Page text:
St. Petersburg: A Fair Opening To The 2018 Slate
While not all circuits on the 2018 Verizon IndyCar Series schedule feature the great mix of technicality, coupled with competitiveness, the street circuit layout in St. Petersburg, Florida provides a bit of both to satisfy the drivers and spectators alike.
The 1.8 mile, 14-turn design features several public roads, coupled with the number nine runway of the Albert Whitted Airport as the front straightaway. While not the most wide-open of road courses, the circuit features at least four realistic opportunities to gain positions per lap and a mix of slow and medium speed corners to challenge the 24 drivers expected to compete.
The key to victory at St. Pete is mastering turn one. Although the widest section of tarmac available offers the best shot to gain ground, it is also a primary source of agony for drivers. The obtuse, off-camber nature of the right-hander creates an unseen, funneling effect, which has caused several first turn pile-ups since IndyCar’s inaugural appearance in 2005.
Once through the opening test, the next concern is turn three, a source of controversy last year when track degradation forced officials to install a makeshift chicane to allow the cars to pass it safely. It is unknown whether the slow down section will be applied to the course in 2018; however, it should not limit the ability to make up time heading for the 90-degree turn four. Several out-braking duels have occurred here over the years, with collisions common for those who get too brave.
Following a technical run through corners five to eight, where single-file is the requirement, the right-hander at turn nine sets up the third passing zone. The target here is to avoid getting on the power too soon; Scott Dixon found out the hard way a few seasons ago, struck the inside barriers and was forced to call it a day. The run down Bay Shore Drive to the only significant left-hander at turn ten represents the better of the final two shots to overtake. The complex allows for braking deep and run wide to defend if needed.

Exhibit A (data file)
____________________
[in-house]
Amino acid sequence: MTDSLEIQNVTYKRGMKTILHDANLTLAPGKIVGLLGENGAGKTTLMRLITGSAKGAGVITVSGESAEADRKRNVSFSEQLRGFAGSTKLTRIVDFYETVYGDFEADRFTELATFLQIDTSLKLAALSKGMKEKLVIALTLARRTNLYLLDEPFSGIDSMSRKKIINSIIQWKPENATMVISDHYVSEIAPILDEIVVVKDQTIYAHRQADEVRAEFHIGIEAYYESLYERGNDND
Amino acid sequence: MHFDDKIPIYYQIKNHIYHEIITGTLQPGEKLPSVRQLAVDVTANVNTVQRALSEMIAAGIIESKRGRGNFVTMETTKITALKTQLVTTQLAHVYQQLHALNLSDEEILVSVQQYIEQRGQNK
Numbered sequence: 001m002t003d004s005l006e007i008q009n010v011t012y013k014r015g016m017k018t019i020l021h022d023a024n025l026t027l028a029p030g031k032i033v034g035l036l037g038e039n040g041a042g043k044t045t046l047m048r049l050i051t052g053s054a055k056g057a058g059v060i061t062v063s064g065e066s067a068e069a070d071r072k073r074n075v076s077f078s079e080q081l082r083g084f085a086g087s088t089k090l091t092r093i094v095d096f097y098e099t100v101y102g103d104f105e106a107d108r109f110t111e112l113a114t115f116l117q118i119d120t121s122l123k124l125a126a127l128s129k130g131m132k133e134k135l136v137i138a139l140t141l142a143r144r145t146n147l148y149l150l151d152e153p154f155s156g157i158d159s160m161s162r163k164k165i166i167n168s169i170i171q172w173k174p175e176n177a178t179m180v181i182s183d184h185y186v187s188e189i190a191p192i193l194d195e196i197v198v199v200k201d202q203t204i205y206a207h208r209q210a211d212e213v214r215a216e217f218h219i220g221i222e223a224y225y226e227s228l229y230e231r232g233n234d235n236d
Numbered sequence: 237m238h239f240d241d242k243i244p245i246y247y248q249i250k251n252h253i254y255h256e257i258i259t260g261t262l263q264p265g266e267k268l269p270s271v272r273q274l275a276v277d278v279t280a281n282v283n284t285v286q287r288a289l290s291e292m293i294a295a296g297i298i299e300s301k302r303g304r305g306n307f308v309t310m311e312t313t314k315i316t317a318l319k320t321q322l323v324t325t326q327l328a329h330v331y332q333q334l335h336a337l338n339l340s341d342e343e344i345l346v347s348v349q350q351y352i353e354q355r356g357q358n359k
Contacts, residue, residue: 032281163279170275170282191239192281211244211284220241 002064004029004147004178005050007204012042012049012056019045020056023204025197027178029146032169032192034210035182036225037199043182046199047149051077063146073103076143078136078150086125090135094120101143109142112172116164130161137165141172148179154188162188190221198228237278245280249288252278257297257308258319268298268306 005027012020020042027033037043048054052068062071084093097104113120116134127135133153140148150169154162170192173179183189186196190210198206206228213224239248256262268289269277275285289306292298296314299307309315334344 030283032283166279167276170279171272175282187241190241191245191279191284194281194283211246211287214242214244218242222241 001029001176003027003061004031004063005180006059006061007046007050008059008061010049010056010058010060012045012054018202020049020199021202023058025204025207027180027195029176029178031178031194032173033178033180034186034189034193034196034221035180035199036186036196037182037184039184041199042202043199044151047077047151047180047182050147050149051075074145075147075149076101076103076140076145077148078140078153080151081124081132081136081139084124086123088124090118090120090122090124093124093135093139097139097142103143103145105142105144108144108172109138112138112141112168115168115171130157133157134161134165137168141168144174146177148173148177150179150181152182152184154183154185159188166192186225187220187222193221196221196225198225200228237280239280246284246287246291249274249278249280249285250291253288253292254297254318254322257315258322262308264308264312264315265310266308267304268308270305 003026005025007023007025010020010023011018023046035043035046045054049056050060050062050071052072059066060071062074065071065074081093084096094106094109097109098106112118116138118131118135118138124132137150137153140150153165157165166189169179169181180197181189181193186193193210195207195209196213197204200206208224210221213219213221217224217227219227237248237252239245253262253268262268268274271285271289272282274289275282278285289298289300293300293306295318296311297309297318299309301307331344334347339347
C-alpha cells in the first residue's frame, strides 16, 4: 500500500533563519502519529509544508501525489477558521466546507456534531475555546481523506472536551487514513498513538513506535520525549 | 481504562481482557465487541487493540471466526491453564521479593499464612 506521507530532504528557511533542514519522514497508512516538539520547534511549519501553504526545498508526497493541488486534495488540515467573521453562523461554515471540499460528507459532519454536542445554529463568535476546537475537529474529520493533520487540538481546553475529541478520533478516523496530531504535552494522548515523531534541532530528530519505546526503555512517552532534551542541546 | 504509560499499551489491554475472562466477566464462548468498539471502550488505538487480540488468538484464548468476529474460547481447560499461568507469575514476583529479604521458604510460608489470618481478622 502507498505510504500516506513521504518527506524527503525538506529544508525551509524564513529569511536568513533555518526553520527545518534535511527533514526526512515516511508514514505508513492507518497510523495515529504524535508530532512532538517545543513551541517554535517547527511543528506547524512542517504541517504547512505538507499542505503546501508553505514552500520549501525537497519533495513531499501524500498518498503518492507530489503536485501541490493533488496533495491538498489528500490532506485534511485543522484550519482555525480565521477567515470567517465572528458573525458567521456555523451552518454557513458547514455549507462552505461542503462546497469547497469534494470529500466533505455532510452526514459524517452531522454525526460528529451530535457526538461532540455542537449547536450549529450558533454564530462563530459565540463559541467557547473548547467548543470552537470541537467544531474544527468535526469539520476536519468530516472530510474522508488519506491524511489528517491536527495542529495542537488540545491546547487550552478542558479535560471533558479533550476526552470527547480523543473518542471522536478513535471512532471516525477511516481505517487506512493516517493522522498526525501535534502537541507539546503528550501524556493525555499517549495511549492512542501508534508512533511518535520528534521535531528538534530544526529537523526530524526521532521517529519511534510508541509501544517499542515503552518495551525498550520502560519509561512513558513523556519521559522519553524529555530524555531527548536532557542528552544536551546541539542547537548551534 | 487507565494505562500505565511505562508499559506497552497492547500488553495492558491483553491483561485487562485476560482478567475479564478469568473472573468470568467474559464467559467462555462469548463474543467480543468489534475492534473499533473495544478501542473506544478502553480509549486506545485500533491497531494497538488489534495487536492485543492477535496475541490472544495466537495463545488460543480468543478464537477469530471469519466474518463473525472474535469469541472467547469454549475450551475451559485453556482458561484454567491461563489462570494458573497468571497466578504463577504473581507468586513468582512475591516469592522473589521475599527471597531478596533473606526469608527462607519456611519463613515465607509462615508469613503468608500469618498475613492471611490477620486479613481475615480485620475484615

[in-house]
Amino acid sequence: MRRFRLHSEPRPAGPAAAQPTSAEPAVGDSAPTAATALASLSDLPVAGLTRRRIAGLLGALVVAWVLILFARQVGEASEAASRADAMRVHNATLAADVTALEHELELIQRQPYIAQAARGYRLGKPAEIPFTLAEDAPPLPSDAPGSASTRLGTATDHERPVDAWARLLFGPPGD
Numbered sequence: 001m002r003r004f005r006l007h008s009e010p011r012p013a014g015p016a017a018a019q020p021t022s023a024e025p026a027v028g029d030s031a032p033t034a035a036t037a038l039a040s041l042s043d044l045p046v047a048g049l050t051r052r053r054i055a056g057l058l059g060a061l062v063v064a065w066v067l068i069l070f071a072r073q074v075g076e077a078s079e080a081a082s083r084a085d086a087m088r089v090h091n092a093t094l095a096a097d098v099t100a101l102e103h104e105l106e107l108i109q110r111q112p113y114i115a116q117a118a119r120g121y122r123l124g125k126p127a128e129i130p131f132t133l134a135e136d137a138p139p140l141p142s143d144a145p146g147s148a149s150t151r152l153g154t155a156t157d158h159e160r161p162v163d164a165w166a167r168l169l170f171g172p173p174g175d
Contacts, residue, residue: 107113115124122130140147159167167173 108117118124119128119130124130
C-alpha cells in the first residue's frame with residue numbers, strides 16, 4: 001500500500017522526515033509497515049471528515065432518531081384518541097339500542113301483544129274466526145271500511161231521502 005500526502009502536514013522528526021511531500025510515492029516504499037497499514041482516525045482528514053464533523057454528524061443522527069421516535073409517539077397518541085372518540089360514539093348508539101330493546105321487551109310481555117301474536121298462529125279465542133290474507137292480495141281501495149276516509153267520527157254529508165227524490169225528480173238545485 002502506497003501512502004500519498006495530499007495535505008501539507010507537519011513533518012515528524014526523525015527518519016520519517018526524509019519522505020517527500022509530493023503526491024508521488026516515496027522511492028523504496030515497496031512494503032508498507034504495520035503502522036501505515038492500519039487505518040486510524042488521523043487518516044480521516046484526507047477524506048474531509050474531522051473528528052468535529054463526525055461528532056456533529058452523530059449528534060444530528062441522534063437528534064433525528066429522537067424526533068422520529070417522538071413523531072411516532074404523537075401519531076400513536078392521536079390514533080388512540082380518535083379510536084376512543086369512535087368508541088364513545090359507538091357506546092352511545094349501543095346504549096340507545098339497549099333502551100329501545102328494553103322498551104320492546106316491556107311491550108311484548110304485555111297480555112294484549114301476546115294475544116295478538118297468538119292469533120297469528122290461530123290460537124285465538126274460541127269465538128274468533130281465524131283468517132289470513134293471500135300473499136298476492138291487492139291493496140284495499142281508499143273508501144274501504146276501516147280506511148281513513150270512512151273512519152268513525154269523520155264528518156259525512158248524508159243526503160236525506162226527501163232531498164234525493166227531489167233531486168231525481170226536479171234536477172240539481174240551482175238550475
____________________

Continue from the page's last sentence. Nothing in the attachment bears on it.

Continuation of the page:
Off of ten, the chauffeurs hit Dan Wheldon Way, which via a flat-out right-left chicane culminates at the final hairpin of turns 13 and 14. Like at turn nine earlier in the lap, the urge here is once again to avoid punching the accelerator too soon. Grip entering the main straightaway is limited, and 360 spins have been common in past editions of this race. Drivers also need to be aware of the pit entrance lane, which veers off sharply to the right.
Team Penske has handled the St. Petersburg layout the best to date, having won eight of the first 13 events here. Will Power has earned two of those triumphs and alongside Schmidt-Peterson Motorsports’ James Hinchcliffe represent two of just three current pilots who have ascended to the top step of the podium. Sebastien Bourdais put Dale Coyne Racing in the winner’s circle last year, in turn proving that a good starting grid position may not necessarily be required to claim P1 after 110 grueling laps.
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